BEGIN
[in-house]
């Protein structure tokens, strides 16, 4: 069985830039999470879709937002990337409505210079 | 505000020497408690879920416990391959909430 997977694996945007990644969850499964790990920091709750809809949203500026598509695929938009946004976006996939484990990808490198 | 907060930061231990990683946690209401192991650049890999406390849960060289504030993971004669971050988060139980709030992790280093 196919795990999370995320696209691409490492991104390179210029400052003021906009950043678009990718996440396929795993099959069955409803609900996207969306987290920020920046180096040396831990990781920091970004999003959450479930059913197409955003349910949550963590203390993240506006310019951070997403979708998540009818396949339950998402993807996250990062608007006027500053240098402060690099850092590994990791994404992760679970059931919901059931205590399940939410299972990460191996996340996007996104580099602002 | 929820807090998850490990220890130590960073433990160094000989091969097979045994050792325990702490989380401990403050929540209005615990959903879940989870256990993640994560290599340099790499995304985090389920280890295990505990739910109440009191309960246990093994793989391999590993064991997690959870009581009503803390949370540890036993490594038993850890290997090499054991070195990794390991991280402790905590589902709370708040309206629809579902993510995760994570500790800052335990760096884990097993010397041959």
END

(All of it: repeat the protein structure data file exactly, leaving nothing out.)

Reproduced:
[in-house]
């Protein structure tokens, strides 16, 4: 069985830039999470879709937002990337409505210079 | 505000020497408690879920416990391959909430 997977694996945007990644969850499964790990920091709750809809949203500026598509695929938009946004976006996939484990990808490198 | 907060930061231990990683946690209401192991650049890999406390849960060289504030993971004669971050988060139980709030992790280093 196919795990999370995320696209691409490492991104390179210029400052003021906009950043678009990718996440396929795993099959069955409803609900996207969306987290920020920046180096040396831990990781920091970004999003959450479930059913197409955003349910949550963590203390993240506006310019951070997403979708998540009818396949339950998402993807996250990062608007006027500053240098402060690099850092590994990791994404992760679970059931919901059931205590399940939410299972990460191996996340996007996104580099602002 | 929820807090998850490990220890130590960073433990160094000989091969097979045994050792325990702490989380401990403050929540209005615990959903879940989870256990993640994560290599340099790499995304985090389920280890295990505990739910109440009191309960246990093994793989391999590993064991997690959870009581009503803390949370540890036993490594038993850890290997090499054991070195990794390991991280402790905590589902709370708040309206629809579902993510995760994570500790800052335990760096884990097993010397041959």